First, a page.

• Ensuring that shareholders have a reasonable opportunity to ask questions and participate in the meeting
  • Ascertaining the views of the meeting on the formal resolutions under consideration, and confining discussion to matters within the scope of the meeting and a reasonable time limit
  • Closing the discussion and moving to the vote
  • Adjourning the meeting when necessary and justified

It is important to note that the Chair's discretion as to the conduct of a meeting on matters may not always be prescribed by the Corporations Act or the company's constitution. However, they are still required to observe certain conventional standards to facilitate the meeting.

For instance, the Chair must always act in a way they consider, in good faith, would be most likely to promote the success of the company for the benefit of its members as a whole when exercising their discretion. The Chair must also act impartially, having regard to the wishes of the majority but ensuring that the minority is fairly treated.

Rights of Shareholders and Nonmembers to Participate in the Meeting

Participation by Shareholders

Shareholders must be given reasonable opportunity to discuss and ask questions on the business of the meeting. This is a statutory obligation enshrined in the Corporations Act. Specifically, sections 250S and 250T of the Corporations Act entitle members to be given a reasonable opportunity to ask questions of company management and auditors in the context of an annual general meeting. Further, section 249S of the Corporations Act requires a company, at any meeting of its members, to give the members entitled to attend the meeting, as a whole, a reasonable opportunity to participate in the meeting. We note that this provision applies to shareholders as a whole and is not intended to allow each and every shareholder the opportunity to ask questions.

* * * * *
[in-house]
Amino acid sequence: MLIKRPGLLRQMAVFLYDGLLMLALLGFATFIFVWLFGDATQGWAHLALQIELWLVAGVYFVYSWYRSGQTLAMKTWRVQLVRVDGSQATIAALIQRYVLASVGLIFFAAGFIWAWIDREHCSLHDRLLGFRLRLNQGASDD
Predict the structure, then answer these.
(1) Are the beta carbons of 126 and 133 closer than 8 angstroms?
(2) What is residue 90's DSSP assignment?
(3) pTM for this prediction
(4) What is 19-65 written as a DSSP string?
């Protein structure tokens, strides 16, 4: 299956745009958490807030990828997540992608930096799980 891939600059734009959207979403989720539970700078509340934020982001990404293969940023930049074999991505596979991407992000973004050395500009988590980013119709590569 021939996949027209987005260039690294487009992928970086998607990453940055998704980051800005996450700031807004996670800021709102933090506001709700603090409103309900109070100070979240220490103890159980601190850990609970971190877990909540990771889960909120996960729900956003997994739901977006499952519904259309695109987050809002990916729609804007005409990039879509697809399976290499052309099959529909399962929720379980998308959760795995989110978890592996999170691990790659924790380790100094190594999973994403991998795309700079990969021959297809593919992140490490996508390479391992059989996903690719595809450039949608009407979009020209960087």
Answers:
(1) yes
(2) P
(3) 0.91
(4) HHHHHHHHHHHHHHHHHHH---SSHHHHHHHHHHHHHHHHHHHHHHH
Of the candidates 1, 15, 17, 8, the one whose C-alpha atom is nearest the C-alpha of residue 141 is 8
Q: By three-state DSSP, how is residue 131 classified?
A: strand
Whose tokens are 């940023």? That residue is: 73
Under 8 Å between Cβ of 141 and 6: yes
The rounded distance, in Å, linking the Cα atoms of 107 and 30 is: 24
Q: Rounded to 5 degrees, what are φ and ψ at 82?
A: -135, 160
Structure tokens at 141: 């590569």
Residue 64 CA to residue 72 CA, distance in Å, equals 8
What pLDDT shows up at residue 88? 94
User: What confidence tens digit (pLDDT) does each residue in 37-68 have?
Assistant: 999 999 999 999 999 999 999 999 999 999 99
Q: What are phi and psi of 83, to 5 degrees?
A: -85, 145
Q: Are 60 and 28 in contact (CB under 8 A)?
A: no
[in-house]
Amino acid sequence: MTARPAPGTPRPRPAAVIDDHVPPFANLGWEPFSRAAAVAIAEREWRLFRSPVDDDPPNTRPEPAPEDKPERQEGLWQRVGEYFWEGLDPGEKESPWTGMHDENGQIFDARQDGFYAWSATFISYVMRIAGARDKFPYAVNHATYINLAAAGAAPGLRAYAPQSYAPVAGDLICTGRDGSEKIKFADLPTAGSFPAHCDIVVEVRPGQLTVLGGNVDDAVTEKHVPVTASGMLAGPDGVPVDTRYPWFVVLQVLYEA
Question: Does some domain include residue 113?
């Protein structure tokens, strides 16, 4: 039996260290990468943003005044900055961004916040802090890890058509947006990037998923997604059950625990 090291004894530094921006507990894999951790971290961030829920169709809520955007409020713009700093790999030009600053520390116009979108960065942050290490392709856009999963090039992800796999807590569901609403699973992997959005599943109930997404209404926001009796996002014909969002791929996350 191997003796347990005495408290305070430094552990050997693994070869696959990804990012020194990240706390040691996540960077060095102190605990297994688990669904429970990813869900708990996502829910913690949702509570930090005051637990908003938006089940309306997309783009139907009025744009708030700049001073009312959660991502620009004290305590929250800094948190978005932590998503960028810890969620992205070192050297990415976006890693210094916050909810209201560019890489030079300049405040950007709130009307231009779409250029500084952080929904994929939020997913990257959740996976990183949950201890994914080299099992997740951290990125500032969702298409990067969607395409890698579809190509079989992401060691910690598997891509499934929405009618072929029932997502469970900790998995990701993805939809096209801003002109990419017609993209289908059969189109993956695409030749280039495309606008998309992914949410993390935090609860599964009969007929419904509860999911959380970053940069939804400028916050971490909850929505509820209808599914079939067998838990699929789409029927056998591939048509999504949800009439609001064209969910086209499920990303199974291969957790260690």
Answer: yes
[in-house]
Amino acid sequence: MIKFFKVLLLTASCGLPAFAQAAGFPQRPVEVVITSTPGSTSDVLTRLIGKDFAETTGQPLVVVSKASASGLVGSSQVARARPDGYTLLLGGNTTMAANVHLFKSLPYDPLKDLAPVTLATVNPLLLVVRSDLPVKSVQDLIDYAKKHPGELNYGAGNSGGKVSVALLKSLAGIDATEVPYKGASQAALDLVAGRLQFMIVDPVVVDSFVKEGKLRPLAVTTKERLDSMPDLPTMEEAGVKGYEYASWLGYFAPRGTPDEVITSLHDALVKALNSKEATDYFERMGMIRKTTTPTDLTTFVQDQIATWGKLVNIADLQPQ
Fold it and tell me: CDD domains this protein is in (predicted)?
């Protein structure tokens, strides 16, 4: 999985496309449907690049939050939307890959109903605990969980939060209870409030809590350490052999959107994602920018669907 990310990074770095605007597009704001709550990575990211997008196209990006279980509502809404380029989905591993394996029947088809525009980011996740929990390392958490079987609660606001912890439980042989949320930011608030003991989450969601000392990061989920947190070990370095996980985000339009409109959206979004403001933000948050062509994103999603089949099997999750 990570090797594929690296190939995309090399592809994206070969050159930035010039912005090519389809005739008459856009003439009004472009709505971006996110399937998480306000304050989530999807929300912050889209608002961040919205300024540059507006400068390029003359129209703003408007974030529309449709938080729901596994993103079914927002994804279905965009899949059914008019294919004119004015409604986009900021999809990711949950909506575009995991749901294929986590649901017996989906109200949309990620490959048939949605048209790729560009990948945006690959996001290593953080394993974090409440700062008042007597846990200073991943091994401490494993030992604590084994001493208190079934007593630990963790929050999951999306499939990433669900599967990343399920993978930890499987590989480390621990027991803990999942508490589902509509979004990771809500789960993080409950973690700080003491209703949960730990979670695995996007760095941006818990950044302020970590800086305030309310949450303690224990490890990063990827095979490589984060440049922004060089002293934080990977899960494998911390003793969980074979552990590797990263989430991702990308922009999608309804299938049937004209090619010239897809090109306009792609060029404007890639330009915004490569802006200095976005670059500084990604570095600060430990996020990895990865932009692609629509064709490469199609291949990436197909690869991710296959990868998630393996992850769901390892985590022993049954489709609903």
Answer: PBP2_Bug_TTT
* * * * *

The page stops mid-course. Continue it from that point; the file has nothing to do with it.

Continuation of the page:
Accordingly, the Chair may use their reasonable judgement to limit the questions asked or not answer a question if it has already been substantively answered. The Chair could, for example, limit questions on the ground of relevance to the resolutions being passed. The Chair is also authorised to curtail any discussion which might amount to an unnecessary delay of bringing the vote to shareholders.

The rights and limitations of shareholder participation in members meetings will usually also be covered in a welldrafted constitution. We encourage companies to review their constitutions and consider whether any changes are required to more effectively direct shareholder behaviour in this regard.

Practical MeasuresTo Mitigate Disruption